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ACEQUIA TERMINOLOGY

Acequia - Of Arabic origin, the Spanish acequia refers to a ditch or irrigation canal

Acequia Madre - lit. mother ditch. The acequia madre is the main irrigation canal through which water is supplied to communities and fields.

Adjudicación de Aguas - To adjudicate or finalize legal rights to water among members of a acequia system.

Agua Sobrante - refers to excess or left over water. The Anglo equivalent would be tailwater.

Aguas Subterraneas - lit. subterranean waters or groundwater.

Arar - lit. plow. May refer to either the implement or the action of plowing.

Arrendamiento de Derechos de Agua - the practice of renting or leasing water rights.

Atarque - Semi-permanent or temporary dams constructed of earth, rocks-and-brush, or logs. These structures raise water levels sufficient for water to enter the head or intake of an acequia; also known as presa.

Bordo - refers to earthen ridges bounding individual fields that hold irrigation water until it can soak into the ground; used primarily in flood irrigation.

Campo - a field that is as yet unplanted

Campo Sembrado - a planted field

Canoa - lit. a canoe. A device for transferring water across obstacles such as arroyos; the Anglo term is flume. These formerly were built of hollowed-out logs. Later, they were replaced by milled lumber and, most recently, by metal culverts.

Carreta - lit. Cart. Refers to a two-wheeled animal-drawn cart; often used to refer to a wagon

Ciénega - refers to a marsh or swampy place.

Comisión - The commission, or governing body, of an community acequia association. Association commissioners are elected on annual basis, usually for a one year term. The commission sets rules, establishes annual fees, and often adjudicates disputes between members of the association.

Compuerta - temporary devices for diverting water from the acequia madre into smaller irrigation canals, or contra acequias. The equivalent Anglo term is sluice, floodgate, tap, or check.

Contra Acequia - lit. a counter ditch. These are lower-order ditches used to divert water from the acequia madre into individual fields or pastures.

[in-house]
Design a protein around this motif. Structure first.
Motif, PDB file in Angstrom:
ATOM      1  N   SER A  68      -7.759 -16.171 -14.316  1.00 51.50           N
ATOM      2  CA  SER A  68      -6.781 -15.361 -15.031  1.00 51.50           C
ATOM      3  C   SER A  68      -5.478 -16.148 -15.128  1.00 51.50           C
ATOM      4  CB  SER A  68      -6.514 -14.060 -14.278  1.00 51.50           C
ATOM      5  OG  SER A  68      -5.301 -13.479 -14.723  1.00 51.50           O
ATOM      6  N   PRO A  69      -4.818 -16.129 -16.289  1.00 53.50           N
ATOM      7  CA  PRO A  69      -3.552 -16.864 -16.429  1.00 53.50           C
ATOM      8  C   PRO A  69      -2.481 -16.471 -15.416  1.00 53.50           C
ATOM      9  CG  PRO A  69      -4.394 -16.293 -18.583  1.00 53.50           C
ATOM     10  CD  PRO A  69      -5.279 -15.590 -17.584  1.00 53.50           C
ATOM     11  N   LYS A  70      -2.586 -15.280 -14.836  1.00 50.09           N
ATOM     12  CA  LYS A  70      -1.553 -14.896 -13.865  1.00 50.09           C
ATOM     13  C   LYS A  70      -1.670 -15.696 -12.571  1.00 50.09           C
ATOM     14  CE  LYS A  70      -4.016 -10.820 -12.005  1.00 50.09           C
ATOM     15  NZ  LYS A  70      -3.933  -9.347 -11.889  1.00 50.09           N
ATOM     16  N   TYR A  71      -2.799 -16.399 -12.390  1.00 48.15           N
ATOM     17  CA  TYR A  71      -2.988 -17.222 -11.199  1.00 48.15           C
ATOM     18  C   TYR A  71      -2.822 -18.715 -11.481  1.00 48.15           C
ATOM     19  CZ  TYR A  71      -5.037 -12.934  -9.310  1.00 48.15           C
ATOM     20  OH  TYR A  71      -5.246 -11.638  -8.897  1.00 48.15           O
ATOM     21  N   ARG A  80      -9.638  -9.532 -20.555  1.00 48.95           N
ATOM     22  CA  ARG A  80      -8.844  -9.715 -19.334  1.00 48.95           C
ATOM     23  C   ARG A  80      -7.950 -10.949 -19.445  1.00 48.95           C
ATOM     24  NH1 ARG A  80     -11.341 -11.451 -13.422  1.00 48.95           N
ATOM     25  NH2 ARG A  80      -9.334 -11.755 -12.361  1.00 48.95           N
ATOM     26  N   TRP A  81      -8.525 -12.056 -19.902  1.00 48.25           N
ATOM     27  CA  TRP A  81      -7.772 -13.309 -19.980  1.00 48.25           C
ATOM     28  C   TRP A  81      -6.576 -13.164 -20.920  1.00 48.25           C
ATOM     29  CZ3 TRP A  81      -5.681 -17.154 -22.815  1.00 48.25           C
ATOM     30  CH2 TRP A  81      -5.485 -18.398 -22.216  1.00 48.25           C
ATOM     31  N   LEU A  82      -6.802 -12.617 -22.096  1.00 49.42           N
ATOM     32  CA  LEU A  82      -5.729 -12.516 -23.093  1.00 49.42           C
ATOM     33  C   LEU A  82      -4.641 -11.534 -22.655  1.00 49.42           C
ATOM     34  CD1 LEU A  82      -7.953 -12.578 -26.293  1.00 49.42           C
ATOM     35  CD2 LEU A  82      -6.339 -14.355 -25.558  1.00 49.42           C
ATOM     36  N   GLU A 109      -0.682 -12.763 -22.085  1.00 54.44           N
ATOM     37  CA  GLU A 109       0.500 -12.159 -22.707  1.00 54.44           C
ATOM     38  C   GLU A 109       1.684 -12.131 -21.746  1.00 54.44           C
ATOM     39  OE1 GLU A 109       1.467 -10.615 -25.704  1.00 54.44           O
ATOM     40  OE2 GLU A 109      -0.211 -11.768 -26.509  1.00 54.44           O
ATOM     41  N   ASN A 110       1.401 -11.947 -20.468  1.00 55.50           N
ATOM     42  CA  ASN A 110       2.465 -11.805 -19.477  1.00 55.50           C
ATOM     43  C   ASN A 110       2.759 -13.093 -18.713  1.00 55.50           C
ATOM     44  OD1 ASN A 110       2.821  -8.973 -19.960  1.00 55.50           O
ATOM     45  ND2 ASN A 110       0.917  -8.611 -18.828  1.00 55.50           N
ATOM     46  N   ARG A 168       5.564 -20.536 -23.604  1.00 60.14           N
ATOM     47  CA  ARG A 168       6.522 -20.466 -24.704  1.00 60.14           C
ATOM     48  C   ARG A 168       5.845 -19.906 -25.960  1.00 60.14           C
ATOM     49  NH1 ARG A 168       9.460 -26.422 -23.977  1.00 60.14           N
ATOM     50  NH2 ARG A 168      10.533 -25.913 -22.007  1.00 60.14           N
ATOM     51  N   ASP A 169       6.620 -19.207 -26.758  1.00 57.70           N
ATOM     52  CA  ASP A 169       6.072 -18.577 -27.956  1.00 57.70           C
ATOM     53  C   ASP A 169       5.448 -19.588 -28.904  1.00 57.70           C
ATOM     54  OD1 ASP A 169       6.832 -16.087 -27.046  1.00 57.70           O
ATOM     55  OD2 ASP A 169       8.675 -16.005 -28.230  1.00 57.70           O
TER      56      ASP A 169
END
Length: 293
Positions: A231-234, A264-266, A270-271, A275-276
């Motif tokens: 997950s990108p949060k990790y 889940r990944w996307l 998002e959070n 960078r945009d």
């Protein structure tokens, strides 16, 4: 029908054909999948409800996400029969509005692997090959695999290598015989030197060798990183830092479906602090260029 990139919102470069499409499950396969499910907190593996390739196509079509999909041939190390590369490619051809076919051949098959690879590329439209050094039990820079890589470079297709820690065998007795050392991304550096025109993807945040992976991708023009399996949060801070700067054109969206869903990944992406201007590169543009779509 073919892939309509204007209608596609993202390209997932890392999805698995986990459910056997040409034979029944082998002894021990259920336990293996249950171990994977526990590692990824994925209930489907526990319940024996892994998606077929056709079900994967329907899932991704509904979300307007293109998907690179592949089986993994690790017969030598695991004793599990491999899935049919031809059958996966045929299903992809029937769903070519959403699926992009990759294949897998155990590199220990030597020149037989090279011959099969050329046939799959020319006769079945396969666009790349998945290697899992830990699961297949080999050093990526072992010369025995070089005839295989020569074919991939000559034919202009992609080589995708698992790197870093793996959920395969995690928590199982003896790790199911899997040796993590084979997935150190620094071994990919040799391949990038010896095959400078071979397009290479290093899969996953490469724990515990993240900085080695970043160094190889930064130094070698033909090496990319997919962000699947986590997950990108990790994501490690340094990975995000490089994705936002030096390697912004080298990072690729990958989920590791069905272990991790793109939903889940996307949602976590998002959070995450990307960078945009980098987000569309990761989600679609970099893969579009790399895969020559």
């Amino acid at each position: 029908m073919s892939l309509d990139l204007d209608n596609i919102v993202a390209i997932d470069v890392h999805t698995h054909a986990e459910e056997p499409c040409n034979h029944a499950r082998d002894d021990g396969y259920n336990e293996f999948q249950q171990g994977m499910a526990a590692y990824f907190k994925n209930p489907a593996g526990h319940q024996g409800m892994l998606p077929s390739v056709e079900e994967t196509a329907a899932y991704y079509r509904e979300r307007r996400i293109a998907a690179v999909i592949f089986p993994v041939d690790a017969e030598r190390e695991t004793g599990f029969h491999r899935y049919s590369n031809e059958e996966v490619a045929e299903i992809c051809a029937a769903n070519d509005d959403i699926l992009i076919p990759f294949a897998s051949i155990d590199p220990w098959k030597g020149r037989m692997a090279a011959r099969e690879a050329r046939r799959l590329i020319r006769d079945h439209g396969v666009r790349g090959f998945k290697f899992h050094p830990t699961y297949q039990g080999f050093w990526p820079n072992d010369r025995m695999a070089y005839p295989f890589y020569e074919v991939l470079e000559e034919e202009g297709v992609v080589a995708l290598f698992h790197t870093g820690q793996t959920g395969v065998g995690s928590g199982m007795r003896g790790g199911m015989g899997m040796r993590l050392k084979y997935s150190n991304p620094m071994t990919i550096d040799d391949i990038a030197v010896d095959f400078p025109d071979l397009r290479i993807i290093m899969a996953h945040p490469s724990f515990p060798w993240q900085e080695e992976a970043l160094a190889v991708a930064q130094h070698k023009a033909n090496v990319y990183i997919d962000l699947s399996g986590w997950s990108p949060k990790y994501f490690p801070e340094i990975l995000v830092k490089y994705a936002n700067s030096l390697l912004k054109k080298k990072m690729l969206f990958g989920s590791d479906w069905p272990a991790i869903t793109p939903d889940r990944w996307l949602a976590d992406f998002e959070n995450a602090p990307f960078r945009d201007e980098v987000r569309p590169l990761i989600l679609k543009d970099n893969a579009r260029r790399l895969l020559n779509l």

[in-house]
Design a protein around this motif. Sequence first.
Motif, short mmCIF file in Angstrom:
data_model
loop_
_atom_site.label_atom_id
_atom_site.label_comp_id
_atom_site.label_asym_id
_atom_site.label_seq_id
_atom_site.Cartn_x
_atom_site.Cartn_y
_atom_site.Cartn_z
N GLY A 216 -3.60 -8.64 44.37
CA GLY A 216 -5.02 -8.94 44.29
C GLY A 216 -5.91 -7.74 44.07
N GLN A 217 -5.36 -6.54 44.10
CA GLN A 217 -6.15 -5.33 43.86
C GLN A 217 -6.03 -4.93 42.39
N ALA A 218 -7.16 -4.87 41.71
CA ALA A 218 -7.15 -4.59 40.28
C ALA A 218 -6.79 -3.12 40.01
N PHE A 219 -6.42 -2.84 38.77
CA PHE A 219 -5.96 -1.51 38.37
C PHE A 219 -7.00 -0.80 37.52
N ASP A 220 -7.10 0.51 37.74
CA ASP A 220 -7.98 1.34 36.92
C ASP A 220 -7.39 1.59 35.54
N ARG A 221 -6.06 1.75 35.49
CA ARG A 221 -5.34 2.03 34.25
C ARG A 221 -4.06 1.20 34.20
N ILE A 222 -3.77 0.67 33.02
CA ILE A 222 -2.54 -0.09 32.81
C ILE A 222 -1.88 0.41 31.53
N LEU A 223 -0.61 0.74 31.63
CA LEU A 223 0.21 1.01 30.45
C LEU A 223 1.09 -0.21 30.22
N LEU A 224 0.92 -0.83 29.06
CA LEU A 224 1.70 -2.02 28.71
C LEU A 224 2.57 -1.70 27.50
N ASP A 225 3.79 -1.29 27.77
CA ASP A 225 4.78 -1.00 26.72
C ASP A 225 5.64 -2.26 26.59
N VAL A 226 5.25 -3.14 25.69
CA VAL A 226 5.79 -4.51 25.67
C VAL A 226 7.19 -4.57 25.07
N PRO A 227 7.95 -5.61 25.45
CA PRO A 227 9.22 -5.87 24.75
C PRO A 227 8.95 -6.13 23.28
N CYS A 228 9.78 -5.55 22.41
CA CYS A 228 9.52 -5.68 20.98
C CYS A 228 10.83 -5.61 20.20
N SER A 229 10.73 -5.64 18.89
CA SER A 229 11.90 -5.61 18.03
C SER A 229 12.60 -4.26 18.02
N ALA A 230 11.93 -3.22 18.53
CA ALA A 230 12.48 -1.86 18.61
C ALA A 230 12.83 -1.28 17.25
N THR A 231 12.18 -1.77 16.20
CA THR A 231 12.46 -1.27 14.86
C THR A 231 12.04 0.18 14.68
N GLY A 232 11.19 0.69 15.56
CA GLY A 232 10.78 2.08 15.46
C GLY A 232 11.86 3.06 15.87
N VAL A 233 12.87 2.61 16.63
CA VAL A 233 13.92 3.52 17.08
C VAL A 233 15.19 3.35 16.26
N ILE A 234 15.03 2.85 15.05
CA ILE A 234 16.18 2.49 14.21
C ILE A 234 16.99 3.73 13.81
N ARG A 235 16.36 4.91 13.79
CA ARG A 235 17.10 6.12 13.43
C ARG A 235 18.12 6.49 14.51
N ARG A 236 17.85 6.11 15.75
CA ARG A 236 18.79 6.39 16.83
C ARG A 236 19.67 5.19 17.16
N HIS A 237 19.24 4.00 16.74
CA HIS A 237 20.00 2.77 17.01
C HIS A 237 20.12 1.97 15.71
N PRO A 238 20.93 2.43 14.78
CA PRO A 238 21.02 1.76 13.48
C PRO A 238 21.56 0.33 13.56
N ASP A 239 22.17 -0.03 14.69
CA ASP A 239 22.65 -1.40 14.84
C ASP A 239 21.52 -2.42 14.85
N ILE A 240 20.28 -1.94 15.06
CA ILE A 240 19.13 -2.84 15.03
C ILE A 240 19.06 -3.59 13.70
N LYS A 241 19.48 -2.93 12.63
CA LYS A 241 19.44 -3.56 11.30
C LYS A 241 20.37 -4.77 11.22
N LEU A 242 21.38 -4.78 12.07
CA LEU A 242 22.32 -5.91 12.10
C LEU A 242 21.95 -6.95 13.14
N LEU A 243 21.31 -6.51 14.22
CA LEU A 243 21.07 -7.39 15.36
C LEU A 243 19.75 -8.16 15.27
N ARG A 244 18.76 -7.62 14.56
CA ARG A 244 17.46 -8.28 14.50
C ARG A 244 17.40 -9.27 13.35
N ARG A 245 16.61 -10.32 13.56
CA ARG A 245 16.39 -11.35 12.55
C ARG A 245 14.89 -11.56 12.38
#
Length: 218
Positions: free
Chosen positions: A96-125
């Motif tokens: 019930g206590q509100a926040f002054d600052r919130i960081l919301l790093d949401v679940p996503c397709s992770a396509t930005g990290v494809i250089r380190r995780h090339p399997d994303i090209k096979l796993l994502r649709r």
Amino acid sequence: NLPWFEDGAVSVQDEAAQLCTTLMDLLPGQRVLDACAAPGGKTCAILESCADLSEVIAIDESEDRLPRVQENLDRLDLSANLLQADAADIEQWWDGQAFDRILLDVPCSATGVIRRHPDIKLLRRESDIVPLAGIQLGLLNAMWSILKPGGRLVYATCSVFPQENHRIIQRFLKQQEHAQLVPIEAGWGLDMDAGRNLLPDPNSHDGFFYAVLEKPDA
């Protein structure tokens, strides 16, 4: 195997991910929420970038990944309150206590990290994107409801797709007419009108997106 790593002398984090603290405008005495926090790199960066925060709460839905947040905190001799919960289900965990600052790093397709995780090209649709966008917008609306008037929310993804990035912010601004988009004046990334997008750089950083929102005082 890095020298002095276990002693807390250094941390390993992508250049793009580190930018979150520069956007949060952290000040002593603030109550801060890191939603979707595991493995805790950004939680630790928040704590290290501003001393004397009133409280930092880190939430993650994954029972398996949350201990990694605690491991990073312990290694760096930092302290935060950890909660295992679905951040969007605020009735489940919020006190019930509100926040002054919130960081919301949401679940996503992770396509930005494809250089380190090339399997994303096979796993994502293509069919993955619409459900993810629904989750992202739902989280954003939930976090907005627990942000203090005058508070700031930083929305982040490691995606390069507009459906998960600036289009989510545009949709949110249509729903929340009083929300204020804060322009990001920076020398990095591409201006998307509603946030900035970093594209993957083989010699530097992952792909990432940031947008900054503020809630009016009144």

Cuota - An annual fee paid by each member of a community acequia. Fees are used for ditch maintenance and repairs.

Derechos de Agua - lit. right to water. Refers to the rights of individual members, as well as ditch associations, to water.

Desagua - a channel or outlet usually located at the terminus of an acequia system used to drain agua sobrante or tailwater back into a river or, in some cases, into another canal

Estanque - a small earthen tank used for temporary storage of irrigation water

Faena - lit. work or labor. This refers to work assigned to individuals when cleaning acequias in the spring.

Fanega - refers to a measure of grain and seed equal to a hundred weight, or an English 112 pound bushel. A fanega historically varied between 1.5 to 2.5 bushels depending on local custom. A fanega can also refer to a measure of land, fanega de tierra, equivalent of 400 square fathoms.

Fatiga - lit. fatigue. This generally is applied to annual ditch cleaning activities.

Fresno - lit. a staff or lance; this may be an adaptation of the term freza which can refer either to animal dung or turned up ground. In normal usage, this refers to a square wooden (later metal) scoop drawn by animals (horses, mule, or oxen) used in removing earth to construct acequias or, alternately, remove manure. The fresno is guided by means of an extended wood or metal shaft/handle, hence the name.

Guadanar - lit. to operat ascythe. Guadanar refers to cutting or mowing grain or hay.

Jardincito - lit. a garden plot. Often refers to truck gardens located near dwellings.

Labor - lit. labor. This refers to a variety of activities associated with farming.

Legua - a Spanish unit of distance measurement equivalent to 2.6 miles